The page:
Ice Cream ‘War’ Resurfaces


..Sharks manager writes Minister Addy

Mrs. Eyvonne Bright Harding, chief executive officer (CEO) of Sharks Enterprise, an ice cream producer, has written a letter to the Minister of Commerce and Industry, Axel Addy, drawing his attention to the ongoing controversy over who should manufacture and retail ice cream in the country.

A copy of Mrs. Harding’s May 15 letter in possession of the Daily Observer reads, “Mr. Minister, it has come to our attention that another ice cream parlor is about to open on the Tubman Boulevard in Sinkor directly opposite the Exclusive Supermarket on 19th Street. We observed the sign -“Creamery,” and immediately contacted Minister Steve Marvey on May 13, 2017.”

Mrs. Harding also told Minister Addy that she was informed that like Sharks, “they intend to retail ice cream at that location, as well as supply all of their foreign counterparts. We, as you are aware, have a serious challenge in supplying supermarkets in and around Monrovia.

“The production and retailing of ice cream by non-Liberians is a violation. Their investment is not equivalent to the threshold required.”

According to Mrs. Harding, who is still paying ERA Supermarket for the equipment imported as part of an amicable solution to the issue, the “Nice Cream” issue has not been resolved, “and now we are confronted with another.”

She said another ice cream entity is about to open after ERA could not intervene. “Why? I still don’t understand why the Liberia Business Registry (L.B.R.) continues to register businesses, which do not meet the threshold per the investment code. Why does MoCI think it is best practice to allow someone to invest, than fight to shut him or her down? Wasn’t an Import Permit Declaration (I.P.D) issued by the MoCI for such equipment to be imported? Doesn’t the ministry have oversight responsibility of the L.B.R.?”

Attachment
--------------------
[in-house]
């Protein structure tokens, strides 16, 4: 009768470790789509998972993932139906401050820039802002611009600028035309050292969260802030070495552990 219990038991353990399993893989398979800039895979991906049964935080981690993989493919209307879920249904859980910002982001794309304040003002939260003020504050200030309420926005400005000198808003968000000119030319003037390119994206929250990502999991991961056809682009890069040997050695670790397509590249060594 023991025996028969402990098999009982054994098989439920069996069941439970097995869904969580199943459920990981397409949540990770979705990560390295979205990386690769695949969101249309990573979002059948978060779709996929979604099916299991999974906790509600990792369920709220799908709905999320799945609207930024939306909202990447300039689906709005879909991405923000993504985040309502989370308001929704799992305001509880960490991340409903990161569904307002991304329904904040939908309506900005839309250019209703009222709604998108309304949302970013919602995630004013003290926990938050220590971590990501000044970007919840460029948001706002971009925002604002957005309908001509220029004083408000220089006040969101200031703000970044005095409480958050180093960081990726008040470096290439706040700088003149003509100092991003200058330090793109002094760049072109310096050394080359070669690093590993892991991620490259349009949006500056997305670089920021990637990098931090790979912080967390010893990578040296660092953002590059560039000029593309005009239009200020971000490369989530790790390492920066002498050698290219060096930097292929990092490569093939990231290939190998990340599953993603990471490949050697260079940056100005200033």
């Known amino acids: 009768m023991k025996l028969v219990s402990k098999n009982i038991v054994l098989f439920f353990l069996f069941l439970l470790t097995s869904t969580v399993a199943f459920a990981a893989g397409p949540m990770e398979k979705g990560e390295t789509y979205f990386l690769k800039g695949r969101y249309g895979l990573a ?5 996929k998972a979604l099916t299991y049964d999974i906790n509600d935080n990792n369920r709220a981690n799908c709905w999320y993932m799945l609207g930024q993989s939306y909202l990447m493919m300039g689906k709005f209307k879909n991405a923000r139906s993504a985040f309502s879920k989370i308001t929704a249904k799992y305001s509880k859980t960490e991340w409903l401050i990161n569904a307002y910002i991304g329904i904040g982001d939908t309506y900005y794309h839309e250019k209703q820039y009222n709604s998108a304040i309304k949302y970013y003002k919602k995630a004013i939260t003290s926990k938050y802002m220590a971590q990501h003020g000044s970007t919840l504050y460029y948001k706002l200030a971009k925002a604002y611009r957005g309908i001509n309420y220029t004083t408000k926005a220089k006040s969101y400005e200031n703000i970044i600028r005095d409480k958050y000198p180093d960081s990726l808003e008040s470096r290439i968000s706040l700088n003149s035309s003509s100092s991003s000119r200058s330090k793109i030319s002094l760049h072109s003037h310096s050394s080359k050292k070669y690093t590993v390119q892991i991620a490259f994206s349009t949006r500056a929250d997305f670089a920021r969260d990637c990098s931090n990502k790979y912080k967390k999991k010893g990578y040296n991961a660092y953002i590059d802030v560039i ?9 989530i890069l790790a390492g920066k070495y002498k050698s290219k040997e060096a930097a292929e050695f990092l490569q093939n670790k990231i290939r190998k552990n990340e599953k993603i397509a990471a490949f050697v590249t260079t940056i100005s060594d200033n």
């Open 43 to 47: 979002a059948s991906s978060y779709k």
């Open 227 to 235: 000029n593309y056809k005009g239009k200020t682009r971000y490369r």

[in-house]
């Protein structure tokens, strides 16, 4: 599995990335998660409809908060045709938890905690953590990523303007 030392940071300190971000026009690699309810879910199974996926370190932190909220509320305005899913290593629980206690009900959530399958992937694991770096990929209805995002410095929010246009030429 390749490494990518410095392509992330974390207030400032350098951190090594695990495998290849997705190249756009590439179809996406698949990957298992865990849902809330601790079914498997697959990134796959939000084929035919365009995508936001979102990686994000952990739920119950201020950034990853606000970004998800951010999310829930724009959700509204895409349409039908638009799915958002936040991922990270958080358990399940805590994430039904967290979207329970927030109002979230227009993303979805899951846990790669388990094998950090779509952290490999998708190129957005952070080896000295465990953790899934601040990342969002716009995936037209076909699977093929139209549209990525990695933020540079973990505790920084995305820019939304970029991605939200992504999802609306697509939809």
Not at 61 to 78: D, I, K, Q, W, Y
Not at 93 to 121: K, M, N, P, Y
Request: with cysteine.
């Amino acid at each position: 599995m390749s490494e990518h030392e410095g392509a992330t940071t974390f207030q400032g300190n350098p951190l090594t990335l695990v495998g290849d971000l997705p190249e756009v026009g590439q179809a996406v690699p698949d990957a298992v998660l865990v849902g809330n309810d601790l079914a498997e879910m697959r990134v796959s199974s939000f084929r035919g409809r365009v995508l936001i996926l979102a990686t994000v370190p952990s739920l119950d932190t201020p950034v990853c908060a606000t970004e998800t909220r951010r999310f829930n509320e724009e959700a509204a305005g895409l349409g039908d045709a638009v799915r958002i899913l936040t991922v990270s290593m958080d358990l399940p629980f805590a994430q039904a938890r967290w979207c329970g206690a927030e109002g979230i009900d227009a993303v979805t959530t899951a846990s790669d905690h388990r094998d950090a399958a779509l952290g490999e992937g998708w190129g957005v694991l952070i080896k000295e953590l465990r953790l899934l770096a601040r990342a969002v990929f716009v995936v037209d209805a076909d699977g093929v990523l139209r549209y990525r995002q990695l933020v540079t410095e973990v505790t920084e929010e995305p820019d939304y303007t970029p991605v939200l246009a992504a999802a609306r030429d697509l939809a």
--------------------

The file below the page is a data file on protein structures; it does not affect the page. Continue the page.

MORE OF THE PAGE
The letter continues: “Mr. Minister, how will we grow as SMEs in our own borders? It is difficult enough with all the loans, high interest rates, tough repayment periods, high utility costs, and under-capitalization just to name a few.

“How can they retail ice cream, slush popcorn after putting a halt to ERA’s sale of these very items under the same circumstances and environment? If you refer to my previous letter, I mentioned that ERA was setting the stage for every supermarket owned by Lebanese to retail items like ice cream, slush and popcorn as well as engage in businesses set aside for Liberians only. Today, it appears that the MoCI have set the stage for any foreign national to engage in whatever business, not just ice cream, they choose.

“PLEASE don’t allow those who pretend to be our partners to kill our dreams before they are realized. Today, we see the largest quantity of imported ice cream ever in the history of our country. Today, we see block making, ice and water, sand mining, etc., just to name a few businesses, which are being violated. All of these violations have become prevalent under your administration, Minister Addy. I am a tried, tested, and proven Liberian female in this industry struggling to make the best of the prevailing circumstances.

“How do we pay government taxes? How do we continue to assist government in the employment sector?  How and when do we become millionaires in our own country? If MoCI continues to allow these violations to occur, every foreigner will do as he/she pleases, thereby allowing Liberians to lose the economy. Please use your good offices to intervene again,” the letter concluded.

Mrs. Harding’s letter came against the backdrop of the ministry’s reported efforts to settle the issue with Nice Ice Cream (which remains open), and now another ice cream spot is opening up, thereby complicating the situation.

While Ministry Addy is yet to respond to Harding’s letter, a bystander believes that Sophie’s Ice Cream thrived for decades because previous governments upheld the law, “but that’s not the case here. Eyvonne is not afraid of competition; she just wants fair competition.”


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